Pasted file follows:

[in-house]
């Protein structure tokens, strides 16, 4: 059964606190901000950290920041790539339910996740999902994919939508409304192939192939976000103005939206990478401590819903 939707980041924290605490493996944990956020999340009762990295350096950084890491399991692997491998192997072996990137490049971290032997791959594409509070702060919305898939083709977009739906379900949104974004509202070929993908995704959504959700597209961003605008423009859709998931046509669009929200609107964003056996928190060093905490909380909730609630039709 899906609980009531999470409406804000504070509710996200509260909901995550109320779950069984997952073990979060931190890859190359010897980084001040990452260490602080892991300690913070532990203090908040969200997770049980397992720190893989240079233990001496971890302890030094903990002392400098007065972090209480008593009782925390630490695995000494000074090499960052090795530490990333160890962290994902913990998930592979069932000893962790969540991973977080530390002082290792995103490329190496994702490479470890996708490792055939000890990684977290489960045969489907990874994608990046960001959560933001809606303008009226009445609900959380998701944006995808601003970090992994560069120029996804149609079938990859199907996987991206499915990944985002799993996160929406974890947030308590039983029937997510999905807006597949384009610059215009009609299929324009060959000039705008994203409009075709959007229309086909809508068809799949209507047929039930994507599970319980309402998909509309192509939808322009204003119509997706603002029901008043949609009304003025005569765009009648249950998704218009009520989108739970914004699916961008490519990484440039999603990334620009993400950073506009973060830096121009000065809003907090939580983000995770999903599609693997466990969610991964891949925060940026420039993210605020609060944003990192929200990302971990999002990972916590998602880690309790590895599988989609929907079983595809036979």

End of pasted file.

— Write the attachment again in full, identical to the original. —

[in-house]
């Protein structure tokens, strides 16, 4: 059964606190901000950290920041790539339910996740999902994919939508409304192939192939976000103005939206990478401590819903 939707980041924290605490493996944990956020999340009762990295350096950084890491399991692997491998192997072996990137490049971290032997791959594409509070702060919305898939083709977009739906379900949104974004509202070929993908995704959504959700597209961003605008423009859709998931046509669009929200609107964003056996928190060093905490909380909730609630039709 899906609980009531999470409406804000504070509710996200509260909901995550109320779950069984997952073990979060931190890859190359010897980084001040990452260490602080892991300690913070532990203090908040969200997770049980397992720190893989240079233990001496971890302890030094903990002392400098007065972090209480008593009782925390630490695995000494000074090499960052090795530490990333160890962290994902913990998930592979069932000893962790969540991973977080530390002082290792995103490329190496994702490479470890996708490792055939000890990684977290489960045969489907990874994608990046960001959560933001809606303008009226009445609900959380998701944006995808601003970090992994560069120029996804149609079938990859199907996987991206499915990944985002799993996160929406974890947030308590039983029937997510999905807006597949384009610059215009009609299929324009060959000039705008994203409009075709959007229309086909809508068809799949209507047929039930994507599970319980309402998909509309192509939808322009204003119509997706603002029901008043949609009304003025005569765009009648249950998704218009009520989108739970914004699916961008490519990484440039999603990334620009993400950073506009973060830096121009000065809003907090939580983000995770999903599609693997466990969610991964891949925060940026420039993210605020609060944003990192929200990302971990999002990972916590998602880690309790590895599988989609929907079983595809036979």